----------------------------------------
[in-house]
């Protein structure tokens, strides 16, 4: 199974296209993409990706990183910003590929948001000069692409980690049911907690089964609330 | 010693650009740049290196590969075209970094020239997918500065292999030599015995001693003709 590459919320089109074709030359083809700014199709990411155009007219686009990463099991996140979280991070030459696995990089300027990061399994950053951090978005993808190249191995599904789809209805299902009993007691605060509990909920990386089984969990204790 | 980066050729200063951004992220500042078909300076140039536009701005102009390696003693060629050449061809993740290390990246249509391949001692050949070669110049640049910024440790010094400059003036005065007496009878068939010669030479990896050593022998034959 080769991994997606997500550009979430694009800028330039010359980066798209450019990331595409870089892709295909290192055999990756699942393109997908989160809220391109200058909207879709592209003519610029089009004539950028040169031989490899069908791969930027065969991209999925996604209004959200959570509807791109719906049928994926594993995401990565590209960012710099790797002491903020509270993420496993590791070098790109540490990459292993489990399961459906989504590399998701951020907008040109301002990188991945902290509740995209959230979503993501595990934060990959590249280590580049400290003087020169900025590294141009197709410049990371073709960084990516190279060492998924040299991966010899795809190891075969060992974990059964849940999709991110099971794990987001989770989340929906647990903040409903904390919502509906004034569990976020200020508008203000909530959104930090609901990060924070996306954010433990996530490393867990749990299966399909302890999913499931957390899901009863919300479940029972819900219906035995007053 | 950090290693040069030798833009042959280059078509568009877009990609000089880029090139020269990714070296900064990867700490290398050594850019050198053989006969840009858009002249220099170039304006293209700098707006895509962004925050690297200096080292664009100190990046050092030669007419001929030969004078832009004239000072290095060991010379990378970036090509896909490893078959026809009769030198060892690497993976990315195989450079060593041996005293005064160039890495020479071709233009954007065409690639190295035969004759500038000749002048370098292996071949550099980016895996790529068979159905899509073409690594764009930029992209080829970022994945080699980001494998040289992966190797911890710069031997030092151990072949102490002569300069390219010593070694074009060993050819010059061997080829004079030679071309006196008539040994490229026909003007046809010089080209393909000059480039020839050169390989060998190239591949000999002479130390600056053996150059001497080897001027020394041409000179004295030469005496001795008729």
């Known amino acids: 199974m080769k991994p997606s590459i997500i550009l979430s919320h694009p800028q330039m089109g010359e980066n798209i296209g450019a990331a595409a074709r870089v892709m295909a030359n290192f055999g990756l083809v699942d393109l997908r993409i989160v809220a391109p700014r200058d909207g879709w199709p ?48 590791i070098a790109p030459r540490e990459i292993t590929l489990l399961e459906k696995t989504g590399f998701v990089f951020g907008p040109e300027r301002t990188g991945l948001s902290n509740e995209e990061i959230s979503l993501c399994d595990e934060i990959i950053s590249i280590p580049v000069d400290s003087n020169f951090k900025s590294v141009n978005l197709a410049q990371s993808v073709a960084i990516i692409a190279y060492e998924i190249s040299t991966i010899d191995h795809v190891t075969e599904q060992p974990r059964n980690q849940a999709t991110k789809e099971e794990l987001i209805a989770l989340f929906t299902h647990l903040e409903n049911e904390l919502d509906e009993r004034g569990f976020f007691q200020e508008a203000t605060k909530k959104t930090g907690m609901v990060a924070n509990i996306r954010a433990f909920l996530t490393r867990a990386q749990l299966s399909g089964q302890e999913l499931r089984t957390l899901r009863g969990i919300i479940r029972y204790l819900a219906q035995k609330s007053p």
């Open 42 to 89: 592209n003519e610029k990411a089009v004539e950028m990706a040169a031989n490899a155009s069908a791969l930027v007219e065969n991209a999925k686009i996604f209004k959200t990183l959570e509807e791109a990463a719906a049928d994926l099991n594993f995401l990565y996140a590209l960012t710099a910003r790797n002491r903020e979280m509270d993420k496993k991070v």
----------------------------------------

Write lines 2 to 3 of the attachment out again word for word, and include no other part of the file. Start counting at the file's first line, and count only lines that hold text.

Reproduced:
């Protein structure tokens, strides 16, 4: 199974296209993409990706990183910003590929948001000069692409980690049911907690089964609330 | 010693650009740049290196590969075209970094020239997918500065292999030599015995001693003709 590459919320089109074709030359083809700014199709990411155009007219686009990463099991996140979280991070030459696995990089300027990061399994950053951090978005993808190249191995599904789809209805299902009993007691605060509990909920990386089984969990204790 | 980066050729200063951004992220500042078909300076140039536009701005102009390696003693060629050449061809993740290390990246249509391949001692050949070669110049640049910024440790010094400059003036005065007496009878068939010669030479990896050593022998034959 080769991994997606997500550009979430694009800028330039010359980066798209450019990331595409870089892709295909290192055999990756699942393109997908989160809220391109200058909207879709592209003519610029089009004539950028040169031989490899069908791969930027065969991209999925996604209004959200959570509807791109719906049928994926594993995401990565590209960012710099790797002491903020509270993420496993590791070098790109540490990459292993489990399961459906989504590399998701951020907008040109301002990188991945902290509740995209959230979503993501595990934060990959590249280590580049400290003087020169900025590294141009197709410049990371073709960084990516190279060492998924040299991966010899795809190891075969060992974990059964849940999709991110099971794990987001989770989340929906647990903040409903904390919502509906004034569990976020200020508008203000909530959104930090609901990060924070996306954010433990996530490393867990749990299966399909302890999913499931957390899901009863919300479940029972819900219906035995007053 | 950090290693040069030798833009042959280059078509568009877009990609000089880029090139020269990714070296900064990867700490290398050594850019050198053989006969840009858009002249220099170039304006293209700098707006895509962004925050690297200096080292664009100190990046050092030669007419001929030969004078832009004239000072290095060991010379990378970036090509896909490893078959026809009769030198060892690497993976990315195989450079060593041996005293005064160039890495020479071709233009954007065409690639190295035969004759500038000749002048370098292996071949550099980016895996790529068979159905899509073409690594764009930029992209080829970022994945080699980001494998040289992966190797911890710069031997030092151990072949102490002569300069390219010593070694074009060993050819010059061997080829004079030679071309006196008539040994490229026909003007046809010089080209393909000059480039020839050169390989060998190239591949000999002479130390600056053996150059001497080897001027020394041409000179004295030469005496001795008729």
């Known amino acids: 199974m080769k991994p997606s590459i997500i550009l979430s919320h694009p800028q330039m089109g010359e980066n798209i296209g450019a990331a595409a074709r870089v892709m295909a030359n290192f055999g990756l083809v699942d393109l997908r993409i989160v809220a391109p700014r200058d909207g879709w199709p ?48 590791i070098a790109p030459r540490e990459i292993t590929l489990l399961e459906k696995t989504g590399f998701v990089f951020g907008p040109e300027r301002t990188g991945l948001s902290n509740e995209e990061i959230s979503l993501c399994d595990e934060i990959i950053s590249i280590p580049v000069d400290s003087n020169f951090k900025s590294v141009n978005l197709a410049q990371s993808v073709a960084i990516i692409a190279y060492e998924i190249s040299t991966i010899d191995h795809v190891t075969e599904q060992p974990r059964n980690q849940a999709t991110k789809e099971e794990l987001i209805a989770l989340f929906t299902h647990l903040e409903n049911e904390l919502d509906e009993r004034g569990f976020f007691q200020e508008a203000t605060k909530k959104t930090g907690m609901v990060a924070n509990i996306r954010a433990f909920l996530t490393r867990a990386q749990l299966s399909g089964q302890e999913l499931r089984t957390l899901r009863g969990i919300i479940r029972y204790l819900a219906q035995k609330s007053p």